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FSA challenges audit profession to sharpen up its act

Audit reports | FSA challenges audit profession to sharpen up its act Ian Fraser

Do auditors tend to be so close to the management of the companies whose financial results they’re supposed to be auditing that they are predisposed to take whatever they’re told by their paymasters at face value? And if auditors are failing adequately to challenge management on book-keeping and audit methodology, what is the value of the audit reports they produce?

I’ve been mulling this over these questions for some time (it probably has something to do with the fact I used to work as accountancy correspondent for a UK newspaper!) and I've been erring towards answering “yes” and “very little/less than zero.”

My inclination to respond in this way has been reinforced by the clear audit failures shown up by the banking crisis, and discoveries made during my research for a BBC documentary about Sir Fred Goodwin’s reign as chief executive of Royal Bank of Scotland.

Last week, the Financial Services Authority stepped in with a surprisingly forthright attack on the audit profession. In a discussion paper [PDF, 537 KB], jointly published with the Financial Reporting Council, the regulator, which is to be disbanded and merged in with the Bank of England by the UK government, identified a “worrying lack of scepticism" among auditors.

The FSA as good as accused auditors of cozying up to corporate management and becoming their poodles. The result? An "inadequate level of challenge" and auditors who take their lead from management on certain critical assumptions—such as the point at which delinquent loans should be written off as bad debts.

In a statement, FSA director Paul Sharma said:

"Our experience has indicated that, at times, auditors have focused too much on gathering and accepting evidence to support firms' assertions, rather than exercising sufficient professional scepticism in their approach. This falls far short of what the FSA—and society at large—expects from auditors."

This confirms what cannier investors have been telling me for years. They began to question banks' financial statements in 2006-07, suspecting the valuations placed on many of their assets were, to say the least, far-fetched. Most of these cannier investors did not want to pollute their portfolios with any bank holdings.

In its 82-page paper mentioned above, the FSA implied that the audit profession's acquiescence had enabled banks and other financial institutions to be "systemically aggressive" in their accounting policies and presumably therefore to dupe their investors (Ernst & Young's Lehman Brothers audit is a case in point). It said it had found one (unnamed) bank that "had incorrectly netted down derivatives in the balance sheet leading to a misstatement of c. £900 billion" (see page 49 of discussion paper PDF).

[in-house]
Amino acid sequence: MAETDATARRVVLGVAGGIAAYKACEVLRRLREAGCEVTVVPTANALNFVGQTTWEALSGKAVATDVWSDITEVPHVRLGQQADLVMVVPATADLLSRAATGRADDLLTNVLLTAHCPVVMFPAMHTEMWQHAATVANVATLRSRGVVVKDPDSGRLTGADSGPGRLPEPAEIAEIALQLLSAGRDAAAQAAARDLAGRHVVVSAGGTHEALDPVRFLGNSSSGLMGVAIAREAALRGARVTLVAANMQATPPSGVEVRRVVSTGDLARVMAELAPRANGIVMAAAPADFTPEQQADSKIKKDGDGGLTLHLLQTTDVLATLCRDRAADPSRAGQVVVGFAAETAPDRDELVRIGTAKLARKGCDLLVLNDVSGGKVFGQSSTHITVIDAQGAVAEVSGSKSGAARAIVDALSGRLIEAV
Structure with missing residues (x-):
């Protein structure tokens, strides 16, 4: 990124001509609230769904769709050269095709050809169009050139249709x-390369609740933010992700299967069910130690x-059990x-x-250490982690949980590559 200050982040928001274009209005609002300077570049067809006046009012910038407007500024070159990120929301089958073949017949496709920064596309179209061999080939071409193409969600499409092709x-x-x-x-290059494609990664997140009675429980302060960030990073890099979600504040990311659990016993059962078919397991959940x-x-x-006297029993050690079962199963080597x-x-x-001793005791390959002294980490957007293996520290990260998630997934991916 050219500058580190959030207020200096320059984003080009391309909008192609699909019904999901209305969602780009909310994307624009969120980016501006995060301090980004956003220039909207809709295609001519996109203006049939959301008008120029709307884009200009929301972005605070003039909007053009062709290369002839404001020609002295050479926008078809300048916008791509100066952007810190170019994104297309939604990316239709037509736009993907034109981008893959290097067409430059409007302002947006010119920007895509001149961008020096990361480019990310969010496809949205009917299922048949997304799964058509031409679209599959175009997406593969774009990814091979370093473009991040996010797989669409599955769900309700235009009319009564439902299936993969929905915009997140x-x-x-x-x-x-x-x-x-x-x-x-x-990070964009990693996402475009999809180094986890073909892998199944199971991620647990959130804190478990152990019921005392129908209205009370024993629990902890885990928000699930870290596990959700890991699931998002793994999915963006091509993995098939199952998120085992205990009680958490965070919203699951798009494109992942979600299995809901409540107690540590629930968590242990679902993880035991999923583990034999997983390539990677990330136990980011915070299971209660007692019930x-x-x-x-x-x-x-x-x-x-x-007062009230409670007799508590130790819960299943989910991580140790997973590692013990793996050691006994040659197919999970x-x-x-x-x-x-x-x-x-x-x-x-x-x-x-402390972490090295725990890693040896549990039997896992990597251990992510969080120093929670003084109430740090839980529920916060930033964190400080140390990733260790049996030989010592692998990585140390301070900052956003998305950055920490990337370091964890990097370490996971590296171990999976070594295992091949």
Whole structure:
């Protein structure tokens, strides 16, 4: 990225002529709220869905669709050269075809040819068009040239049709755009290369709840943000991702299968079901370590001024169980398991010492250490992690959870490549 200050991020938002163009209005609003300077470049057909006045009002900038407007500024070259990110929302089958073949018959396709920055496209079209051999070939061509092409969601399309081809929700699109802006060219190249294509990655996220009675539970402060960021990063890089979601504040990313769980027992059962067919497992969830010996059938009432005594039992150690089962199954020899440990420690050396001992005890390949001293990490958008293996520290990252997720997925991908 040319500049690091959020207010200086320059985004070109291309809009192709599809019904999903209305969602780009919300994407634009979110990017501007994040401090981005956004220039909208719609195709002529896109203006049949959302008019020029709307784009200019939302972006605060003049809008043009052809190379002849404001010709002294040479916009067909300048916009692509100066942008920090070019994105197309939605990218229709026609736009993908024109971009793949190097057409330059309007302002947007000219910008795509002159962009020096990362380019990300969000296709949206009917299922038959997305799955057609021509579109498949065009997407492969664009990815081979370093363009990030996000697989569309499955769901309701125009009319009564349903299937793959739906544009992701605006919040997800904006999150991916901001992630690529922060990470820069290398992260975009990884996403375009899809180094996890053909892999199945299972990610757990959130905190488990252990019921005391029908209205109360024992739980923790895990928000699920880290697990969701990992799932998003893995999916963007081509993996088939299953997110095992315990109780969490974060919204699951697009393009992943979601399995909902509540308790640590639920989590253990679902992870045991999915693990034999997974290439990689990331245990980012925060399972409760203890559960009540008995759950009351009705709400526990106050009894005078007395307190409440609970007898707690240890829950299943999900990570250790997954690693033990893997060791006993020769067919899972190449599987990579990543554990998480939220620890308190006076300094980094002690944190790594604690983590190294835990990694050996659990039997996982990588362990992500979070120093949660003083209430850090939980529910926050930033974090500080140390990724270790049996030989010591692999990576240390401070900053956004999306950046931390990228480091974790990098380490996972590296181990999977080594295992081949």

The FSA said there was "a general deficiency" among banks when distinguishing between clients' money and assets, and their own money and assets. The FSA indicated that some of these findings will form the basis for future enforcement action. It has already fined JP Morgan £33.3m—a record fine from the UK regulator—for failing to protect up to $23bn of client money by keeping it safe in segregated accounts.

One of the problems that the FSA alludes to is the conflict of interest within the accountancy profession. The audit firms sell a variety of other services to their banking and financial clients—including restructuring and insolvency work, and a wide range of consultancy services. Since this non-audit work is often more profitable than auditing itself, the 'Big Four' accountancy firms—PriceWaterhouseCoopers, Deloitte, KPMG and Ernst & Young—have traditionally used audit as a loss leader to secure other more lucrative assignments from the same customers. Within such a framework, they are more or less guaranteed to be a soft touch.

The FSA's discussion paper, which invites interested parties to submit responses by September 29, 2010, also raises the prospect greater regulatory supervision of the audit profession. It seems the FSA would also like to persuade auditors to act as whistleblowers in cases where they identify questionable activity at client firms. That, however, might be expecting to have its cake and eat it.

Further reading on the future of audit



Tags: accountancy , audit , banking , Financial Services Authority (FSA) , fund management , regulation
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